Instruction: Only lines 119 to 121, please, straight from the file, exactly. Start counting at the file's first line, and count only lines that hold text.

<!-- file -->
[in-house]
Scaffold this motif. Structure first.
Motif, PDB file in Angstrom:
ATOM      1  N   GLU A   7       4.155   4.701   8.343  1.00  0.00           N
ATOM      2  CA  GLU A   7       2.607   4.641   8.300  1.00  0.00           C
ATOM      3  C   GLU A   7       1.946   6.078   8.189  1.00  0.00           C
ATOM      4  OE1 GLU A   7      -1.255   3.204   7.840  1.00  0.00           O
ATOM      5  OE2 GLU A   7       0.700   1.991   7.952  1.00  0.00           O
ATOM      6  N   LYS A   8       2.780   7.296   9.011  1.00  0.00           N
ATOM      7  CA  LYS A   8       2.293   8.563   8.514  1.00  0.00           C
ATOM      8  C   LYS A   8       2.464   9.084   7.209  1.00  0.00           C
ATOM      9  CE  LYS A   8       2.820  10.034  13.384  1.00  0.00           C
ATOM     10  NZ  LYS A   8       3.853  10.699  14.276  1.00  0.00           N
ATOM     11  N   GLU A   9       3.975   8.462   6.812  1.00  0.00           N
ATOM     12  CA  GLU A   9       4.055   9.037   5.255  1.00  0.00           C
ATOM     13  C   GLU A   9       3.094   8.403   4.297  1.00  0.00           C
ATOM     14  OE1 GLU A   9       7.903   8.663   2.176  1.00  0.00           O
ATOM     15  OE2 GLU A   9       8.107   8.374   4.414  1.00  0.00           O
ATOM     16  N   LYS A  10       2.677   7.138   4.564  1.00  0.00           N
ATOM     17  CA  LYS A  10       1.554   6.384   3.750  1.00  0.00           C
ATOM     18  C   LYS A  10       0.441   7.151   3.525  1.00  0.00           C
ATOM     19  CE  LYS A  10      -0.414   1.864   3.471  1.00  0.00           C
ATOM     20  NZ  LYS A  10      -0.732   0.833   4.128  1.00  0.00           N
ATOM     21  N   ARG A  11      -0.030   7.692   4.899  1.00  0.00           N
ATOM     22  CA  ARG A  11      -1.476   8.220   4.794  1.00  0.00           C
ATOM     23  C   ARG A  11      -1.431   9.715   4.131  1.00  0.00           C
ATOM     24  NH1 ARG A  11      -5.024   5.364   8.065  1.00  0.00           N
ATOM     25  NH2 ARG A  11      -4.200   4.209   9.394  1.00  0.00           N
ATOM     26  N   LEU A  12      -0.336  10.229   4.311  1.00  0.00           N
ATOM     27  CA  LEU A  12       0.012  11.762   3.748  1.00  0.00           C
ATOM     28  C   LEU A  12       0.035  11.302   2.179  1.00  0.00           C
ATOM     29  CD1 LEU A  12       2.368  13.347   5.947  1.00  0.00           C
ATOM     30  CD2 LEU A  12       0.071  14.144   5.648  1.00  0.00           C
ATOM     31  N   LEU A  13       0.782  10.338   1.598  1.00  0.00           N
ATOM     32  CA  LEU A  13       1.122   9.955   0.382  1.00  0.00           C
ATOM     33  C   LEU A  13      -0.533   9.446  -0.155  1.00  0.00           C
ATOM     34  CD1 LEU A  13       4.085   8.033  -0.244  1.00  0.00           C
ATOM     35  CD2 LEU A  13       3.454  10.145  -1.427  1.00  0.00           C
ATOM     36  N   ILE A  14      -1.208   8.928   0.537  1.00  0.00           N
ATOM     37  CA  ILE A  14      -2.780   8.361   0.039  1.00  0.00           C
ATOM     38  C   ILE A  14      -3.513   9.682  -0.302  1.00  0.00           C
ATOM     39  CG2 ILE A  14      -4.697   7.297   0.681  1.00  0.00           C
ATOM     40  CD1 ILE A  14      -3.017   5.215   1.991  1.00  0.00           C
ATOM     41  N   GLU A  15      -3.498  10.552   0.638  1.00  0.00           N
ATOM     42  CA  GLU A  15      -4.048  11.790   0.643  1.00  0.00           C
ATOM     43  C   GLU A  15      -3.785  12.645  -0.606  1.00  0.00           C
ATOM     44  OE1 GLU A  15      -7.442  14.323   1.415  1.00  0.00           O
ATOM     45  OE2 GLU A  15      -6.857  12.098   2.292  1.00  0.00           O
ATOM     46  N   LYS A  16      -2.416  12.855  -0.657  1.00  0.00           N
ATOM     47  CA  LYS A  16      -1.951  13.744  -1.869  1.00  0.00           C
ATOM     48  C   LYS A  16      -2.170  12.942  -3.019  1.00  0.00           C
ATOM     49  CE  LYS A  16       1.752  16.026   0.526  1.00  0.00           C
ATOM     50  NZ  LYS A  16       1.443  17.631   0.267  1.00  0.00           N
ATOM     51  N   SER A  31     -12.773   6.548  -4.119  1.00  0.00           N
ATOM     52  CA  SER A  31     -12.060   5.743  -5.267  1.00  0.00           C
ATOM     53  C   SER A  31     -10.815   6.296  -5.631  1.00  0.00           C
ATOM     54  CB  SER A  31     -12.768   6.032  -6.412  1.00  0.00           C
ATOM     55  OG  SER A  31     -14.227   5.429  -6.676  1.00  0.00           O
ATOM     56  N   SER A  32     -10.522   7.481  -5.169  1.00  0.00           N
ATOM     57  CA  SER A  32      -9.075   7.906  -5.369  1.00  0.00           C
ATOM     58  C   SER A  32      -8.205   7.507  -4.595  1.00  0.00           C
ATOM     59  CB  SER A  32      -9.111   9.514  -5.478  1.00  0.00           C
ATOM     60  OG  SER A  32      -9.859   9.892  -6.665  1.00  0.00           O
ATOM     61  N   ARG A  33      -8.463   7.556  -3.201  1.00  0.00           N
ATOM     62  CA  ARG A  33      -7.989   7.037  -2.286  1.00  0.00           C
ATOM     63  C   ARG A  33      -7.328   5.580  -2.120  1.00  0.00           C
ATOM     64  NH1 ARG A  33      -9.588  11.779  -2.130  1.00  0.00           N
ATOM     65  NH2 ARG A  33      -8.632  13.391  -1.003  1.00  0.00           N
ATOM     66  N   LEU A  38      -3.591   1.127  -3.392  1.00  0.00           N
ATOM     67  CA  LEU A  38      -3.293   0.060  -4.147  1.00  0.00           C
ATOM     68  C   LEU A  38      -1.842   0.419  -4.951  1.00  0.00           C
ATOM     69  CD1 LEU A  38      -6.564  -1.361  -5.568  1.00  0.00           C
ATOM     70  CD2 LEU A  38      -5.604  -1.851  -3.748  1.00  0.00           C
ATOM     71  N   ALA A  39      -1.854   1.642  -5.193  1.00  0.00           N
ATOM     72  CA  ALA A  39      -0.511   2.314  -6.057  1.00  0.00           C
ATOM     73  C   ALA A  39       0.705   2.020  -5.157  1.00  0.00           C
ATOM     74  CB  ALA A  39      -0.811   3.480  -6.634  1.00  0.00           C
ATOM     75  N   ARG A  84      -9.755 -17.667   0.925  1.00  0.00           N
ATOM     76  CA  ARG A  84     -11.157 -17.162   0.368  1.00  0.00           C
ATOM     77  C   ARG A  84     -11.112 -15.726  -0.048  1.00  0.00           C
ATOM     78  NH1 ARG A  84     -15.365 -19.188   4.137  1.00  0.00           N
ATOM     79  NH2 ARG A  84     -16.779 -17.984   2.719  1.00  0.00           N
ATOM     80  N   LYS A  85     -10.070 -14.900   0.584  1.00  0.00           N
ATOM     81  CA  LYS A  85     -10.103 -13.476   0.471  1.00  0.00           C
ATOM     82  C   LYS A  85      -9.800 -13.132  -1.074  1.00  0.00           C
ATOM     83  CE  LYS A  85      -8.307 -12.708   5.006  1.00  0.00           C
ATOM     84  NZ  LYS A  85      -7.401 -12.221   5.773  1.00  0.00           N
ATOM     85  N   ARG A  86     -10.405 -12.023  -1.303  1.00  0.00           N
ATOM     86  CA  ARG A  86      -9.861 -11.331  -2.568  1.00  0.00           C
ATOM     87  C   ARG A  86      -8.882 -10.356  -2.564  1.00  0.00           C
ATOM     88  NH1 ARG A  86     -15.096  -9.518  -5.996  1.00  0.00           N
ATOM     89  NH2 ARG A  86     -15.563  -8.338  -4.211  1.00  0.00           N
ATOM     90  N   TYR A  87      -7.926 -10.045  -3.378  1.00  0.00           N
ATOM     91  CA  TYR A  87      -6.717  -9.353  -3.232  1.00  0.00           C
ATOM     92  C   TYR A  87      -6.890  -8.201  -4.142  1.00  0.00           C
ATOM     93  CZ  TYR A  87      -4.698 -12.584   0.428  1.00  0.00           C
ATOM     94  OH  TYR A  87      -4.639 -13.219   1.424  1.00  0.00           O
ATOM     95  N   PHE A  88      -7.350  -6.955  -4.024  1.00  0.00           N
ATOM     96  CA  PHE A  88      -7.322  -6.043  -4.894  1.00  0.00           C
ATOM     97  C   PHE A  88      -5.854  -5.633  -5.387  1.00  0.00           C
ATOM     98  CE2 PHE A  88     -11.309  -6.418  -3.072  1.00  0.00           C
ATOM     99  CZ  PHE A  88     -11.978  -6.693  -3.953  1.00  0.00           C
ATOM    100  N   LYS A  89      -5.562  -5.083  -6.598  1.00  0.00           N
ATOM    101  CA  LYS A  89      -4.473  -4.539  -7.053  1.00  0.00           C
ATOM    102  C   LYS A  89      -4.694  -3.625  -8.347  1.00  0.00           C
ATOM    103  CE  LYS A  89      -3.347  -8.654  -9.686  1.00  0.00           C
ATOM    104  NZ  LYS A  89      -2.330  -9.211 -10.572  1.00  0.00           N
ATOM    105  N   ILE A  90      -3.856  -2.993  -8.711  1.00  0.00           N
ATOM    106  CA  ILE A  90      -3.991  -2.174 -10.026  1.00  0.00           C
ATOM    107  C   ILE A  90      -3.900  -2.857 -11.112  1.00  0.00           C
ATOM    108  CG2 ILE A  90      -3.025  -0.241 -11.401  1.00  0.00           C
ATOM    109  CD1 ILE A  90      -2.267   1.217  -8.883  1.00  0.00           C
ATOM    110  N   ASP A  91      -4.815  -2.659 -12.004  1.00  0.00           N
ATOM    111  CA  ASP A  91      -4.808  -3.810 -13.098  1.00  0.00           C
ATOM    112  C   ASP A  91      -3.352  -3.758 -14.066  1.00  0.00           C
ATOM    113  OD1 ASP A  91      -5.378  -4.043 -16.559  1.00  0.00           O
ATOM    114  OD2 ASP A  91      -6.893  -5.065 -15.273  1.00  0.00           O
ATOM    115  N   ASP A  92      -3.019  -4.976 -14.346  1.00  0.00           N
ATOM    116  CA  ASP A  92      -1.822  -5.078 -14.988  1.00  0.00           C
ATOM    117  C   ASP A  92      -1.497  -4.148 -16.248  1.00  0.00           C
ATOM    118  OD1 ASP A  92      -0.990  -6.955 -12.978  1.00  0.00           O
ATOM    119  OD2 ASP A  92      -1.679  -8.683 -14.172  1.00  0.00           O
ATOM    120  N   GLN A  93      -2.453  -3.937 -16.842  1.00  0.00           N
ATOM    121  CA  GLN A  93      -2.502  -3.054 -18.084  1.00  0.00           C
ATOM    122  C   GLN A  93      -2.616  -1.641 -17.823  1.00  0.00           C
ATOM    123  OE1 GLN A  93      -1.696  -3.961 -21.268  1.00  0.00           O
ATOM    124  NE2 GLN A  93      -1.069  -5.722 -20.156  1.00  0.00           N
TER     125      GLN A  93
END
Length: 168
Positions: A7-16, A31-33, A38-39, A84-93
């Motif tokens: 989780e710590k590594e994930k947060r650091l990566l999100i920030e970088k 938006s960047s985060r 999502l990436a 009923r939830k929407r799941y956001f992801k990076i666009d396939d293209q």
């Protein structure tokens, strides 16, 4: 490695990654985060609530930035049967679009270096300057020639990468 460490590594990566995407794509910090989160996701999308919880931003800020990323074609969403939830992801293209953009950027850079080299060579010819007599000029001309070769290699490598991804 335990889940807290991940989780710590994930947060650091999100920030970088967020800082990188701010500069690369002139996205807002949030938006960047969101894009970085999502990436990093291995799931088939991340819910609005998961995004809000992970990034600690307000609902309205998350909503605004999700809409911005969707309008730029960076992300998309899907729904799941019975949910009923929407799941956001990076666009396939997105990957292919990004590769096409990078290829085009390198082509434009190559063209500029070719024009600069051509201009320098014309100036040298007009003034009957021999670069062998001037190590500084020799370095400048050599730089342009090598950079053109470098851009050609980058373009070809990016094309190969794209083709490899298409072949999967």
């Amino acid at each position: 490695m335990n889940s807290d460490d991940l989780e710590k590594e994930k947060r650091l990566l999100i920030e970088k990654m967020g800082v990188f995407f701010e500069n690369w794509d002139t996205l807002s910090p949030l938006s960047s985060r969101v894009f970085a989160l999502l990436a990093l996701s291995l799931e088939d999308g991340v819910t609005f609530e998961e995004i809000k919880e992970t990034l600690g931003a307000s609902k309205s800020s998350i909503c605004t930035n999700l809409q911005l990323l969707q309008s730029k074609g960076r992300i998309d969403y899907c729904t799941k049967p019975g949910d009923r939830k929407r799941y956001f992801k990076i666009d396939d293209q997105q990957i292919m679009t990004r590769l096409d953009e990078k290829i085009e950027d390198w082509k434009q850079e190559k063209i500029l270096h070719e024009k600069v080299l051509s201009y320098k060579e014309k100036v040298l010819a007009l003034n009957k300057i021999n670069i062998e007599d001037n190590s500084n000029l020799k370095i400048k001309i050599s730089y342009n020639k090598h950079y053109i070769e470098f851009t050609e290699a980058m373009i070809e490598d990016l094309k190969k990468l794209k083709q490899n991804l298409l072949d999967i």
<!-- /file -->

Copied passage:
ATOM    116  CA  ASP A  92      -1.822  -5.078 -14.988  1.00  0.00           C
ATOM    117  C   ASP A  92      -1.497  -4.148 -16.248  1.00  0.00           C
ATOM    118  OD1 ASP A  92      -0.990  -6.955 -12.978  1.00  0.00           O